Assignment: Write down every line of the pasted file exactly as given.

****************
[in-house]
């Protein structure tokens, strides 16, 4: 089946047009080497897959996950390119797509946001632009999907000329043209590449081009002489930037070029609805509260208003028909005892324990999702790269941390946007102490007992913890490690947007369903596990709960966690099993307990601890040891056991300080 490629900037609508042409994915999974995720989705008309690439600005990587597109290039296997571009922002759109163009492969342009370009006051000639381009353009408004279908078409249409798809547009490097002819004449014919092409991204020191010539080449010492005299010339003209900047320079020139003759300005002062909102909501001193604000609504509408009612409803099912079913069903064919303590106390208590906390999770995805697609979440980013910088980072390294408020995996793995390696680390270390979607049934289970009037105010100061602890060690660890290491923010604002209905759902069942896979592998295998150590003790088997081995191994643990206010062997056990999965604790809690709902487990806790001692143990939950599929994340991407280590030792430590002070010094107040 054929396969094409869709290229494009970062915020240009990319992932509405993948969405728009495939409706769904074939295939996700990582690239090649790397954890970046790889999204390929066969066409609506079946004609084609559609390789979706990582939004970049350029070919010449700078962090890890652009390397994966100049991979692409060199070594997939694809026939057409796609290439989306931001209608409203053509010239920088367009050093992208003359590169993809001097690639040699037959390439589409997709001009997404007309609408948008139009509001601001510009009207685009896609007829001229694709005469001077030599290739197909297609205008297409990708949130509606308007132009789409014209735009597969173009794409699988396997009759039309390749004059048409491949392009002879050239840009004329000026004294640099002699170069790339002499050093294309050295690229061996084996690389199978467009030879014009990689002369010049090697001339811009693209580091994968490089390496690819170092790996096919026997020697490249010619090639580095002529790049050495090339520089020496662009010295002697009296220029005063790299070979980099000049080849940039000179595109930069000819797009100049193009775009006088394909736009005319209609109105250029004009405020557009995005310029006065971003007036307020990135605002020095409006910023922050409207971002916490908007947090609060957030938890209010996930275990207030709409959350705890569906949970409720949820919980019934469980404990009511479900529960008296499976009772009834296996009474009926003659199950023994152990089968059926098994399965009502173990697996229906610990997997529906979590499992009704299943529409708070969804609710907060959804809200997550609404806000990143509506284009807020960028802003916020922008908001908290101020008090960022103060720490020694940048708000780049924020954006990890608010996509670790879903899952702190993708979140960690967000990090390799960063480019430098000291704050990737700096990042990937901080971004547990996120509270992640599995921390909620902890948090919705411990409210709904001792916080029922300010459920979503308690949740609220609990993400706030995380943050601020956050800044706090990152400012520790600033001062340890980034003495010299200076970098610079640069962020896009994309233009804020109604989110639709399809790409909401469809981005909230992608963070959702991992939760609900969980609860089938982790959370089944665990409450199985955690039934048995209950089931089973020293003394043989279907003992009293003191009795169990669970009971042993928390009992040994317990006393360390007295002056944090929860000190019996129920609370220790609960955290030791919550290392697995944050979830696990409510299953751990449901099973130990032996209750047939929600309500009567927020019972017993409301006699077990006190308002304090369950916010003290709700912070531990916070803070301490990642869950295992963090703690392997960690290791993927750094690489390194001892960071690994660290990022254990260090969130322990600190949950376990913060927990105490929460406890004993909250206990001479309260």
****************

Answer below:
[in-house]
């Protein structure tokens, strides 16, 4: 089946047009080497897959996950390119797509946001632009999907000329043209590449081009002489930037070029609805509260208003028909005892324990999702790269941390946007102490007992913890490690947007369903596990709960966690099993307990601890040891056991300080 490629900037609508042409994915999974995720989705008309690439600005990587597109290039296997571009922002759109163009492969342009370009006051000639381009353009408004279908078409249409798809547009490097002819004449014919092409991204020191010539080449010492005299010339003209900047320079020139003759300005002062909102909501001193604000609504509408009612409803099912079913069903064919303590106390208590906390999770995805697609979440980013910088980072390294408020995996793995390696680390270390979607049934289970009037105010100061602890060690660890290491923010604002209905759902069942896979592998295998150590003790088997081995191994643990206010062997056990999965604790809690709902487990806790001692143990939950599929994340991407280590030792430590002070010094107040 054929396969094409869709290229494009970062915020240009990319992932509405993948969405728009495939409706769904074939295939996700990582690239090649790397954890970046790889999204390929066969066409609506079946004609084609559609390789979706990582939004970049350029070919010449700078962090890890652009390397994966100049991979692409060199070594997939694809026939057409796609290439989306931001209608409203053509010239920088367009050093992208003359590169993809001097690639040699037959390439589409997709001009997404007309609408948008139009509001601001510009009207685009896609007829001229694709005469001077030599290739197909297609205008297409990708949130509606308007132009789409014209735009597969173009794409699988396997009759039309390749004059048409491949392009002879050239840009004329000026004294640099002699170069790339002499050093294309050295690229061996084996690389199978467009030879014009990689002369010049090697001339811009693209580091994968490089390496690819170092790996096919026997020697490249010619090639580095002529790049050495090339520089020496662009010295002697009296220029005063790299070979980099000049080849940039000179595109930069000819797009100049193009775009006088394909736009005319209609109105250029004009405020557009995005310029006065971003007036307020990135605002020095409006910023922050409207971002916490908007947090609060957030938890209010996930275990207030709409959350705890569906949970409720949820919980019934469980404990009511479900529960008296499976009772009834296996009474009926003659199950023994152990089968059926098994399965009502173990697996229906610990997997529906979590499992009704299943529409708070969804609710907060959804809200997550609404806000990143509506284009807020960028802003916020922008908001908290101020008090960022103060720490020694940048708000780049924020954006990890608010996509670790879903899952702190993708979140960690967000990090390799960063480019430098000291704050990737700096990042990937901080971004547990996120509270992640599995921390909620902890948090919705411990409210709904001792916080029922300010459920979503308690949740609220609990993400706030995380943050601020956050800044706090990152400012520790600033001062340890980034003495010299200076970098610079640069962020896009994309233009804020109604989110639709399809790409909401469809981005909230992608963070959702991992939760609900969980609860089938982790959370089944665990409450199985955690039934048995209950089931089973020293003394043989279907003992009293003191009795169990669970009971042993928390009992040994317990006393360390007295002056944090929860000190019996129920609370220790609960955290030791919550290392697995944050979830696990409510299953751990449901099973130990032996209750047939929600309500009567927020019972017993409301006699077990006190308002304090369950916010003290709700912070531990916070803070301490990642869950295992963090703690392997960690290791993927750094690489390194001892960071690994660290990022254990260090969130322990600190949950376990913060927990105490929460406890004993909250206990001479309260």